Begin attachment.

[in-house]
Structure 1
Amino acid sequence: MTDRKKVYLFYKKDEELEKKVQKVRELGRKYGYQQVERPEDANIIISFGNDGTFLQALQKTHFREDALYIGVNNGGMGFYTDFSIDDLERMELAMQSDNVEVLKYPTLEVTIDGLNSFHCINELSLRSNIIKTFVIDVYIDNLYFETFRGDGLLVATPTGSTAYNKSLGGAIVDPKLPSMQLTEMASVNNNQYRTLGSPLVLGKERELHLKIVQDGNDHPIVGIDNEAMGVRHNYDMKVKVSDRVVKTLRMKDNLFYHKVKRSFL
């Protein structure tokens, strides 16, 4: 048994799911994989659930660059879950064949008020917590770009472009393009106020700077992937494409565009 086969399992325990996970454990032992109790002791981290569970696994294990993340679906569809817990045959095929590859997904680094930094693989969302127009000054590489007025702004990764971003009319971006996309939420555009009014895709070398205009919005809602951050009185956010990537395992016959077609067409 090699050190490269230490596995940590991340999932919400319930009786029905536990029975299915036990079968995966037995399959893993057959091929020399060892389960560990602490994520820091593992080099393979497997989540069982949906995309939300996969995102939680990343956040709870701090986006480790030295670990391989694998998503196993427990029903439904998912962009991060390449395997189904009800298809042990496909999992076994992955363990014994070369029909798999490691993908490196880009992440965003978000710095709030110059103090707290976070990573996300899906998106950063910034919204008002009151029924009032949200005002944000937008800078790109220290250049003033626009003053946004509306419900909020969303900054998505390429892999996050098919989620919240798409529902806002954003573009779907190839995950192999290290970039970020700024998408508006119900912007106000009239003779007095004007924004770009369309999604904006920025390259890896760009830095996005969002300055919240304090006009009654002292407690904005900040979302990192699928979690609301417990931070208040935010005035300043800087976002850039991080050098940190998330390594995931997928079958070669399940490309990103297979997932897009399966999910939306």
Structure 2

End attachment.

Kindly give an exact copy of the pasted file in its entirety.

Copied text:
[in-house]
Structure 1
Amino acid sequence: MTDRKKVYLFYKKDEELEKKVQKVRELGRKYGYQQVERPEDANIIISFGNDGTFLQALQKTHFREDALYIGVNNGGMGFYTDFSIDDLERMELAMQSDNVEVLKYPTLEVTIDGLNSFHCINELSLRSNIIKTFVIDVYIDNLYFETFRGDGLLVATPTGSTAYNKSLGGAIVDPKLPSMQLTEMASVNNNQYRTLGSPLVLGKERELHLKIVQDGNDHPIVGIDNEAMGVRHNYDMKVKVSDRVVKTLRMKDNLFYHKVKRSFL
């Protein structure tokens, strides 16, 4: 048994799911994989659930660059879950064949008020917590770009472009393009106020700077992937494409565009 086969399992325990996970454990032992109790002791981290569970696994294990993340679906569809817990045959095929590859997904680094930094693989969302127009000054590489007025702004990764971003009319971006996309939420555009009014895709070398205009919005809602951050009185956010990537395992016959077609067409 090699050190490269230490596995940590991340999932919400319930009786029905536990029975299915036990079968995966037995399959893993057959091929020399060892389960560990602490994520820091593992080099393979497997989540069982949906995309939300996969995102939680990343956040709870701090986006480790030295670990391989694998998503196993427990029903439904998912962009991060390449395997189904009800298809042990496909999992076994992955363990014994070369029909798999490691993908490196880009992440965003978000710095709030110059103090707290976070990573996300899906998106950063910034919204008002009151029924009032949200005002944000937008800078790109220290250049003033626009003053946004509306419900909020969303900054998505390429892999996050098919989620919240798409529902806002954003573009779907190839995950192999290290970039970020700024998408508006119900912007106000009239003779007095004007924004770009369309999604904006920025390259890896760009830095996005969002300055919240304090006009009654002292407690904005900040979302990192699928979690609301417990931070208040935010005035300043800087976002850039991080050098940190998330390594995931997928079958070669399940490309990103297979997932897009399966999910939306």
Structure 2